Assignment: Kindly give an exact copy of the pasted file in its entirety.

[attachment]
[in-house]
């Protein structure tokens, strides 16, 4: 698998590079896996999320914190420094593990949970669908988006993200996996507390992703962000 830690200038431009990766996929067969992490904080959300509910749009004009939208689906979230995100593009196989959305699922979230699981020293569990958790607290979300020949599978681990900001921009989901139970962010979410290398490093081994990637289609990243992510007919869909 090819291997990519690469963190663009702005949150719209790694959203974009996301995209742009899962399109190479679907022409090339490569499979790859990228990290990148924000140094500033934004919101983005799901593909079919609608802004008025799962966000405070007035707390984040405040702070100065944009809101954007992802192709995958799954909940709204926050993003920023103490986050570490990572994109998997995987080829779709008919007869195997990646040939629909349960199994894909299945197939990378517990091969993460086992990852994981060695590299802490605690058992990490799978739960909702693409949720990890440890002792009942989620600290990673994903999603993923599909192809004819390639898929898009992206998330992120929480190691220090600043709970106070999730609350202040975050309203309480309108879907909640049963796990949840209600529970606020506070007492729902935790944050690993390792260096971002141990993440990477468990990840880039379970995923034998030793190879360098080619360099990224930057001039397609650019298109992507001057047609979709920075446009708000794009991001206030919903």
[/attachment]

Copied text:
[in-house]
């Protein structure tokens, strides 16, 4: 698998590079896996999320914190420094593990949970669908988006993200996996507390992703962000 830690200038431009990766996929067969992490904080959300509910749009004009939208689906979230995100593009196989959305699922979230699981020293569990958790607290979300020949599978681990900001921009989901139970962010979410290398490093081994990637289609990243992510007919869909 090819291997990519690469963190663009702005949150719209790694959203974009996301995209742009899962399109190479679907022409090339490569499979790859990228990290990148924000140094500033934004919101983005799901593909079919609608802004008025799962966000405070007035707390984040405040702070100065944009809101954007992802192709995958799954909940709204926050993003920023103490986050570490990572994109998997995987080829779709008919007869195997990646040939629909349960199994894909299945197939990378517990091969993460086992990852994981060695590299802490605690058992990490799978739960909702693409949720990890440890002792009942989620600290990673994903999603993923599909192809004819390639898929898009992206998330992120929480190691220090600043709970106070999730609350202040975050309203309480309108879907909640049963796990949840209600529970606020506070007492729902935790944050690993390792260096971002141990993440990477468990990840880039379970995923034998030793190879360098080619360099990224930057001039397609650019298109992507001057047609979709920075446009708000794009991001206030919903």